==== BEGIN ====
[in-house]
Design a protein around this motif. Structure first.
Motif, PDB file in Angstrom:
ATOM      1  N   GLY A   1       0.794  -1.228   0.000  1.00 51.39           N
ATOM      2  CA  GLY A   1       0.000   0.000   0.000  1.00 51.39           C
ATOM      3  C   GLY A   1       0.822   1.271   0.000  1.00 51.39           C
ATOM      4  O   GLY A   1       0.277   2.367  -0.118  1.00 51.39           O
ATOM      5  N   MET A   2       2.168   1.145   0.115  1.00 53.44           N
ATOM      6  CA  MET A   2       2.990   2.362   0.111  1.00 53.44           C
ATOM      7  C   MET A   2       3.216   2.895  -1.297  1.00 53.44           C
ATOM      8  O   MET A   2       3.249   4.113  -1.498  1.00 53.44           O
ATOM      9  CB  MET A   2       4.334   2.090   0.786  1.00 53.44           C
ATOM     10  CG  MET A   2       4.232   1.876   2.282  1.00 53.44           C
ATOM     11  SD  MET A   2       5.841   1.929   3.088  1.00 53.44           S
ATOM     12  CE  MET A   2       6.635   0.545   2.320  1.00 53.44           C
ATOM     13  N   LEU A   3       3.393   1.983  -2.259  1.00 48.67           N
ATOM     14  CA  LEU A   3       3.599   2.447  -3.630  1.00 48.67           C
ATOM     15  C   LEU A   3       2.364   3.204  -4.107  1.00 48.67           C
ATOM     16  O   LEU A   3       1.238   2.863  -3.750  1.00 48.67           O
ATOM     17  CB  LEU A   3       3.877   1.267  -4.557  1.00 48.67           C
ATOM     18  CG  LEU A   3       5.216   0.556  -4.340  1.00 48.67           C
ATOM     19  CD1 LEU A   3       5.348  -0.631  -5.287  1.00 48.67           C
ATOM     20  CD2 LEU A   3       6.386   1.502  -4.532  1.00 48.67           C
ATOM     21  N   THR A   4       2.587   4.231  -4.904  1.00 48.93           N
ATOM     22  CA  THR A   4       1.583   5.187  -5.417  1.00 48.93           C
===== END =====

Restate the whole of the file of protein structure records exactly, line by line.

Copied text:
[in-house]
Design a protein around this motif. Structure first.
Motif, PDB file in Angstrom:
ATOM      1  N   GLY A   1       0.794  -1.228   0.000  1.00 51.39           N
ATOM      2  CA  GLY A   1       0.000   0.000   0.000  1.00 51.39           C
ATOM      3  C   GLY A   1       0.822   1.271   0.000  1.00 51.39           C
ATOM      4  O   GLY A   1       0.277   2.367  -0.118  1.00 51.39           O
ATOM      5  N   MET A   2       2.168   1.145   0.115  1.00 53.44           N
ATOM      6  CA  MET A   2       2.990   2.362   0.111  1.00 53.44           C
ATOM      7  C   MET A   2       3.216   2.895  -1.297  1.00 53.44           C
ATOM      8  O   MET A   2       3.249   4.113  -1.498  1.00 53.44           O
ATOM      9  CB  MET A   2       4.334   2.090   0.786  1.00 53.44           C
ATOM     10  CG  MET A   2       4.232   1.876   2.282  1.00 53.44           C
ATOM     11  SD  MET A   2       5.841   1.929   3.088  1.00 53.44           S
ATOM     12  CE  MET A   2       6.635   0.545   2.320  1.00 53.44           C
ATOM     13  N   LEU A   3       3.393   1.983  -2.259  1.00 48.67           N
ATOM     14  CA  LEU A   3       3.599   2.447  -3.630  1.00 48.67           C
ATOM     15  C   LEU A   3       2.364   3.204  -4.107  1.00 48.67           C
ATOM     16  O   LEU A   3       1.238   2.863  -3.750  1.00 48.67           O
ATOM     17  CB  LEU A   3       3.877   1.267  -4.557  1.00 48.67           C
ATOM     18  CG  LEU A   3       5.216   0.556  -4.340  1.00 48.67           C
ATOM     19  CD1 LEU A   3       5.348  -0.631  -5.287  1.00 48.67           C
ATOM     20  CD2 LEU A   3       6.386   1.502  -4.532  1.00 48.67           C
ATOM     21  N   THR A   4       2.587   4.231  -4.904  1.00 48.93           N
ATOM     22  CA  THR A   4       1.583   5.187  -5.417  1.00 48.93           C